Seasonal patterns in the stock market have long fascinated investors and analysts. September, in particular, is infamous for being seasonally the worst month of the year. However, before we jump to conclusions and expect another market crash akin to 1929 or 1987, it’s essential to analyze the broader context and understand whether historical patterns will hold true this time around.
The Fourth Quarter Historical Returns:
While September may be notorious for market woes, the fourth quarter historically offers the best returns. However, it’s crucial not to get caught up in meaningless relationships with seasonal patterns, as not all falls will follow the same script. One significant trend to note is that the best-performing quarter typically follows the seasonally weakest third quarter. For example, since 1980, the average return for the fourth quarter has been 1.6%, following a seasonally weak third quarter with a mere 0.3% return. This relationship has persisted for over a century.
Changing Dynamics in MLPs:
Master Limited Partnerships (MLPs) used to have a distinct quarterly seasonal pattern around distribution dates. Investors in MLPs often seek yield-driven investments due to quarterly payments, and the complexities of K-1 tax forms have induced sales before year-end and purchases right after to avoid K-1 filings for just a few weeks of January. However, with fewer MLPs available today, these seasonals have become less pronounced, presenting challenges for Alerian-linked products.
Macro Factors at Play:
To understand whether the approaching fourth quarter will align with historical patterns, we need to consider the macroeconomic factors currently influencing the market.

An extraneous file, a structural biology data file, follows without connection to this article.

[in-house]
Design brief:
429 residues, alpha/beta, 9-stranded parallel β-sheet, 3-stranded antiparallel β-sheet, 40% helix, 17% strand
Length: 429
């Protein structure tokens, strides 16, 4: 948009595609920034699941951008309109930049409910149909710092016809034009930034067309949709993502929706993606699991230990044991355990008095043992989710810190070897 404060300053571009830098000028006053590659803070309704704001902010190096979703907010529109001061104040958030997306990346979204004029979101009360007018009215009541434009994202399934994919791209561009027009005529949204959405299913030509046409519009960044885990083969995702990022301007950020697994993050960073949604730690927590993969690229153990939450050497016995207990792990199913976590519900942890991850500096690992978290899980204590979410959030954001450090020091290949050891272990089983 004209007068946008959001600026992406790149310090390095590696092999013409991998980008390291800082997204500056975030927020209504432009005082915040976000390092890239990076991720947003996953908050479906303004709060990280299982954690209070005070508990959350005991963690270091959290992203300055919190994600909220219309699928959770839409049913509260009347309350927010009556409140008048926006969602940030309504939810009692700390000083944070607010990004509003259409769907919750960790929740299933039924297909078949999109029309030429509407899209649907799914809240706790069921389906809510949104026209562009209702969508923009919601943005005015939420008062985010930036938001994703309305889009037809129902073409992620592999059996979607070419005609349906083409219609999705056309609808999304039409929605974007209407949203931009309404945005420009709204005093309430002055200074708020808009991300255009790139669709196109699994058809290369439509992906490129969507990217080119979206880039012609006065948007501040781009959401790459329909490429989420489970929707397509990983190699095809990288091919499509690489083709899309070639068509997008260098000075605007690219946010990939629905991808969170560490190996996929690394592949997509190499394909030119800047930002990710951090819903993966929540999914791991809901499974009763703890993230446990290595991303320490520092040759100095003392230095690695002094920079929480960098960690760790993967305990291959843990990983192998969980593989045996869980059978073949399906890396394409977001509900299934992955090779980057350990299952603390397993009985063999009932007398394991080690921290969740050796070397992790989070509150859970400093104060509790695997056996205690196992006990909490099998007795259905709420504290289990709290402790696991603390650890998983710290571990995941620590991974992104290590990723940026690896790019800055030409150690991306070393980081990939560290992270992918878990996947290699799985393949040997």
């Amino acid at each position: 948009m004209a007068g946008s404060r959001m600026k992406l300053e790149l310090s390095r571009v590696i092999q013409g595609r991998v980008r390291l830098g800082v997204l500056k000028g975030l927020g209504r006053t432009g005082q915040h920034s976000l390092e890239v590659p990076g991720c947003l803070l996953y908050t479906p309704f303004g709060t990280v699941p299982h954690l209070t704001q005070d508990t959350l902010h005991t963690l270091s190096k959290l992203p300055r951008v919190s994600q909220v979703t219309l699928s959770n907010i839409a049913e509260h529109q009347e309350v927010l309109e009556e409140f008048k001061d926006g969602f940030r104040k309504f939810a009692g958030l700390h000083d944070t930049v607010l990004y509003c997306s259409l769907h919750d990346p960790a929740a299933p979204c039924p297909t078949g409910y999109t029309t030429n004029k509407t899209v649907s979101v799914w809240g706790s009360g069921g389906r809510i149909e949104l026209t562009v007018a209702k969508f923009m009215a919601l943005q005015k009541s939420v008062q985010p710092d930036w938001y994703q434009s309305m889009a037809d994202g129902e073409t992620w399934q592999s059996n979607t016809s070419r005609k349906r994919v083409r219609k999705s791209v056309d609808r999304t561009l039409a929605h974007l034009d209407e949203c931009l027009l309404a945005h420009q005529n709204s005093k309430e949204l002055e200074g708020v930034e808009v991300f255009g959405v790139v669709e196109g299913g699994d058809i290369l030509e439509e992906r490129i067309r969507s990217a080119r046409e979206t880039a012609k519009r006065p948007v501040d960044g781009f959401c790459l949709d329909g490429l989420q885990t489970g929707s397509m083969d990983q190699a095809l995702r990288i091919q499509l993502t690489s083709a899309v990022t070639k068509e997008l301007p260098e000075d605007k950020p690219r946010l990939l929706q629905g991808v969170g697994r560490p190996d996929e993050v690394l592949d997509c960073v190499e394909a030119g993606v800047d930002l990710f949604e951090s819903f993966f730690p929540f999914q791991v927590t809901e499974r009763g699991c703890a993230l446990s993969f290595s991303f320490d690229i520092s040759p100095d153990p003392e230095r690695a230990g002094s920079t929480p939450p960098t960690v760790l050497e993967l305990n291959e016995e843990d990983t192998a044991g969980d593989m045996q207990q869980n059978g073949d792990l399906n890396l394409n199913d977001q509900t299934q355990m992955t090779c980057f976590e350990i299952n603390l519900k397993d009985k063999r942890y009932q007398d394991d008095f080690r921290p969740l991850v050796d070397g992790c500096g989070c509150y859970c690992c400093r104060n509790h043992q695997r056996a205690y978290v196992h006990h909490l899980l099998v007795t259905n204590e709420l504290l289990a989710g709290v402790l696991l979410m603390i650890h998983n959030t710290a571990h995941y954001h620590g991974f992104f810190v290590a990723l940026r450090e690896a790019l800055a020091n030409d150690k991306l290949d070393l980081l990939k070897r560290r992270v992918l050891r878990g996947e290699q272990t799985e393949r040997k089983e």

- Interest Rates and the Fed: The Federal Reserve’s role in managing interest rates has evolved, and there’s less worry about it causing a recession. With the economy handling a 4.5% ten-year treasury yield, the concern now is whether rates will remain higher for an extended period.
- Equity Risk Premium (ERP): The Equity Risk Premium indicates that stocks are expensive compared to the past couple of decades but are around neutral when looking back to 1960. This suggests that market valuations are in a delicate balance.
- Bond Market: Bond yields are rising alongside inflation expectations, while real yields have moved from negative territory to over 2%. are becoming a more attractive investment, though they may still not fully compensate for the concerning fiscal outlook.
- Crude Oil Prices: Crude oil prices are steadily increasing, raising concerns about the impact on consumers’ disposable income. However, higher oil prices could support the transition to electric vehicles and the energy sector’s growth.
- Energy Sector Performance: Companies like Occidental (OXY) report no evidence of demand destruction in response to rising oil prices, and there’s a positive outlook for the energy sector.
As we navigate the upcoming months, it’s essential to recognize that historical patterns are not foolproof indicators of future market performance. While September might traditionally be a challenging month, the fourth quarter often brings better returns. This year’s market dynamics, including rising interest rates and oil prices, are “known knowns” that could impact the market.
Investors should remain cautious, stay informed about current market conditions, and consider diversifying their portfolios to mitigate risks. It’s also worth noting that the changing landscape of MLPs and the potential impact on related indices and investment products could further influence market dynamics.
In conclusion, while seasonality can offer valuable insights, it’s essential to blend historical patterns with a deep understanding of the current economic and geopolitical factors to make informed investment decisions.
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